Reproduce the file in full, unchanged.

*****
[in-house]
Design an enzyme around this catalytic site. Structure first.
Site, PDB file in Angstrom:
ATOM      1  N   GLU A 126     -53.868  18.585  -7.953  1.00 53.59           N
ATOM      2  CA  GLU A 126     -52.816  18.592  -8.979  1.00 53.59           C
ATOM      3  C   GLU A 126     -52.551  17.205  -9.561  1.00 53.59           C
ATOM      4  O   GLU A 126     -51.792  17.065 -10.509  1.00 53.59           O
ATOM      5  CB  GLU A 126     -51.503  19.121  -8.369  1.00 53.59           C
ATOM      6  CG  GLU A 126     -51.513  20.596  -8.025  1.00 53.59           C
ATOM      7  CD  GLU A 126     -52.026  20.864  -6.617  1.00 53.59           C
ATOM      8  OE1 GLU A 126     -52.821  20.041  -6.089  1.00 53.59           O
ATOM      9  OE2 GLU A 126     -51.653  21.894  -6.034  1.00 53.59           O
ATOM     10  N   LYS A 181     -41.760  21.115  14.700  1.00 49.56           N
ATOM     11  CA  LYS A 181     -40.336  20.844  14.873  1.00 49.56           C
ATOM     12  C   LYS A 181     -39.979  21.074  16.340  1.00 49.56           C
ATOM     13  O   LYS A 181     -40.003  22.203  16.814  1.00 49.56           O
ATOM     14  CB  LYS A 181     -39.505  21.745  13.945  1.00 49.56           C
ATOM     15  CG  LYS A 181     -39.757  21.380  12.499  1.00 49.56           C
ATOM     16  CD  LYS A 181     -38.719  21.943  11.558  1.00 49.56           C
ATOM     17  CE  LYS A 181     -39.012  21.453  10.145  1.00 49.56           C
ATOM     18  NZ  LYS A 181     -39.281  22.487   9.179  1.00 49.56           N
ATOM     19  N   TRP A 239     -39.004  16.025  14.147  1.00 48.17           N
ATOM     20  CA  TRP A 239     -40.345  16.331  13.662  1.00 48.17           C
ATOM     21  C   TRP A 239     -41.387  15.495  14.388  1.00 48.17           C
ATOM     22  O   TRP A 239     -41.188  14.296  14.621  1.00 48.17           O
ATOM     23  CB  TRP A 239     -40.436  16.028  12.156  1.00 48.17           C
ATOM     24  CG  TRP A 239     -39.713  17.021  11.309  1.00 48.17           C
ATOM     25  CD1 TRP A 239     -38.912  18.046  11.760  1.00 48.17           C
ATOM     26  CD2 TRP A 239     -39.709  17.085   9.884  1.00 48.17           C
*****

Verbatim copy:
[in-house]
Design an enzyme around this catalytic site. Structure first.
Site, PDB file in Angstrom:
ATOM      1  N   GLU A 126     -53.868  18.585  -7.953  1.00 53.59           N
ATOM      2  CA  GLU A 126     -52.816  18.592  -8.979  1.00 53.59           C
ATOM      3  C   GLU A 126     -52.551  17.205  -9.561  1.00 53.59           C
ATOM      4  O   GLU A 126     -51.792  17.065 -10.509  1.00 53.59           O
ATOM      5  CB  GLU A 126     -51.503  19.121  -8.369  1.00 53.59           C
ATOM      6  CG  GLU A 126     -51.513  20.596  -8.025  1.00 53.59           C
ATOM      7  CD  GLU A 126     -52.026  20.864  -6.617  1.00 53.59           C
ATOM      8  OE1 GLU A 126     -52.821  20.041  -6.089  1.00 53.59           O
ATOM      9  OE2 GLU A 126     -51.653  21.894  -6.034  1.00 53.59           O
ATOM     10  N   LYS A 181     -41.760  21.115  14.700  1.00 49.56           N
ATOM     11  CA  LYS A 181     -40.336  20.844  14.873  1.00 49.56           C
ATOM     12  C   LYS A 181     -39.979  21.074  16.340  1.00 49.56           C
ATOM     13  O   LYS A 181     -40.003  22.203  16.814  1.00 49.56           O
ATOM     14  CB  LYS A 181     -39.505  21.745  13.945  1.00 49.56           C
ATOM     15  CG  LYS A 181     -39.757  21.380  12.499  1.00 49.56           C
ATOM     16  CD  LYS A 181     -38.719  21.943  11.558  1.00 49.56           C
ATOM     17  CE  LYS A 181     -39.012  21.453  10.145  1.00 49.56           C
ATOM     18  NZ  LYS A 181     -39.281  22.487   9.179  1.00 49.56           N
ATOM     19  N   TRP A 239     -39.004  16.025  14.147  1.00 48.17           N
ATOM     20  CA  TRP A 239     -40.345  16.331  13.662  1.00 48.17           C
ATOM     21  C   TRP A 239     -41.387  15.495  14.388  1.00 48.17           C
ATOM     22  O   TRP A 239     -41.188  14.296  14.621  1.00 48.17           O
ATOM     23  CB  TRP A 239     -40.436  16.028  12.156  1.00 48.17           C
ATOM     24  CG  TRP A 239     -39.713  17.021  11.309  1.00 48.17           C
ATOM     25  CD1 TRP A 239     -38.912  18.046  11.760  1.00 48.17           C
ATOM     26  CD2 TRP A 239     -39.709  17.085   9.884  1.00 48.17           C